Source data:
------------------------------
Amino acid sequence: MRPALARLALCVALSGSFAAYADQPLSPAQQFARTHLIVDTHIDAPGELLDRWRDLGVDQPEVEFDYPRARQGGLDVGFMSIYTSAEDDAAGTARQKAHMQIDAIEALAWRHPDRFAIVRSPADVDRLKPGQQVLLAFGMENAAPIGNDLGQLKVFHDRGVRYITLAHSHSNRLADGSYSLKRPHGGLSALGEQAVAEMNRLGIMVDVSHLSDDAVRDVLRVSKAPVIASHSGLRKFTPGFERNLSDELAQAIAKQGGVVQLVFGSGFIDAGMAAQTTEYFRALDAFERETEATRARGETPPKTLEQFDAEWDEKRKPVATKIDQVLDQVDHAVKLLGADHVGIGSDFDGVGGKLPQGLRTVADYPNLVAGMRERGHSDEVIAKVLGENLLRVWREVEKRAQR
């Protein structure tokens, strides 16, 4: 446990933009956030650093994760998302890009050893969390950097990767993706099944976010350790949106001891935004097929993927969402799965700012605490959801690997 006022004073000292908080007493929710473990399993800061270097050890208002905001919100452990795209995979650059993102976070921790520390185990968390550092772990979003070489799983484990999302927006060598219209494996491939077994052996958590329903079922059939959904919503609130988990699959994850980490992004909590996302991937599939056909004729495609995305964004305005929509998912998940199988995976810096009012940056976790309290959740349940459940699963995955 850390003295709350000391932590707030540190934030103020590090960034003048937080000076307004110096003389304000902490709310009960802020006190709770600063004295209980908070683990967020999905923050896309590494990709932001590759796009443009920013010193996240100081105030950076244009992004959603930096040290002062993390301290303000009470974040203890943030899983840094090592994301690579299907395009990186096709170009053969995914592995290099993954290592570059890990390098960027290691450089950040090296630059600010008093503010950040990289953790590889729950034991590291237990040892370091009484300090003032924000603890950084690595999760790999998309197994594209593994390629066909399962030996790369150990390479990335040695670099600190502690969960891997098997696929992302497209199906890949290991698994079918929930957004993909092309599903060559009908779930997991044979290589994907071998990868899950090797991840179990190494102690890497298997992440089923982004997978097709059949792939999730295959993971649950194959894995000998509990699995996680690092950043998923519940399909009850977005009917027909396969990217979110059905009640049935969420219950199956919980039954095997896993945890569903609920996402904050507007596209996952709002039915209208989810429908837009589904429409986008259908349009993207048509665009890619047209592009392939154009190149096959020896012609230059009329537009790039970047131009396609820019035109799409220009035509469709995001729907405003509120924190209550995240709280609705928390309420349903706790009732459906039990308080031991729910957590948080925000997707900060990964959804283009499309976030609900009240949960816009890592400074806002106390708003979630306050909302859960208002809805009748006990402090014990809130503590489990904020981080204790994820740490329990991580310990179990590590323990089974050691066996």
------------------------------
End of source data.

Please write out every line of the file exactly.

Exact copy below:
Amino acid sequence: MRPALARLALCVALSGSFAAYADQPLSPAQQFARTHLIVDTHIDAPGELLDRWRDLGVDQPEVEFDYPRARQGGLDVGFMSIYTSAEDDAAGTARQKAHMQIDAIEALAWRHPDRFAIVRSPADVDRLKPGQQVLLAFGMENAAPIGNDLGQLKVFHDRGVRYITLAHSHSNRLADGSYSLKRPHGGLSALGEQAVAEMNRLGIMVDVSHLSDDAVRDVLRVSKAPVIASHSGLRKFTPGFERNLSDELAQAIAKQGGVVQLVFGSGFIDAGMAAQTTEYFRALDAFERETEATRARGETPPKTLEQFDAEWDEKRKPVATKIDQVLDQVDHAVKLLGADHVGIGSDFDGVGGKLPQGLRTVADYPNLVAGMRERGHSDEVIAKVLGENLLRVWREVEKRAQR
């Protein structure tokens, strides 16, 4: 446990933009956030650093994760998302890009050893969390950097990767993706099944976010350790949106001891935004097929993927969402799965700012605490959801690997 006022004073000292908080007493929710473990399993800061270097050890208002905001919100452990795209995979650059993102976070921790520390185990968390550092772990979003070489799983484990999302927006060598219209494996491939077994052996958590329903079922059939959904919503609130988990699959994850980490992004909590996302991937599939056909004729495609995305964004305005929509998912998940199988995976810096009012940056976790309290959740349940459940699963995955 850390003295709350000391932590707030540190934030103020590090960034003048937080000076307004110096003389304000902490709310009960802020006190709770600063004295209980908070683990967020999905923050896309590494990709932001590759796009443009920013010193996240100081105030950076244009992004959603930096040290002062993390301290303000009470974040203890943030899983840094090592994301690579299907395009990186096709170009053969995914592995290099993954290592570059890990390098960027290691450089950040090296630059600010008093503010950040990289953790590889729950034991590291237990040892370091009484300090003032924000603890950084690595999760790999998309197994594209593994390629066909399962030996790369150990390479990335040695670099600190502690969960891997098997696929992302497209199906890949290991698994079918929930957004993909092309599903060559009908779930997991044979290589994907071998990868899950090797991840179990190494102690890497298997992440089923982004997978097709059949792939999730295959993971649950194959894995000998509990699995996680690092950043998923519940399909009850977005009917027909396969990217979110059905009640049935969420219950199956919980039954095997896993945890569903609920996402904050507007596209996952709002039915209208989810429908837009589904429409986008259908349009993207048509665009890619047209592009392939154009190149096959020896012609230059009329537009790039970047131009396609820019035109799409220009035509469709995001729907405003509120924190209550995240709280609705928390309420349903706790009732459906039990308080031991729910957590948080925000997707900060990964959804283009499309976030609900009240949960816009890592400074806002106390708003979630306050909302859960208002809805009748006990402090014990809130503590489990904020981080204790994820740490329990991580310990179990590590323990089974050691066996």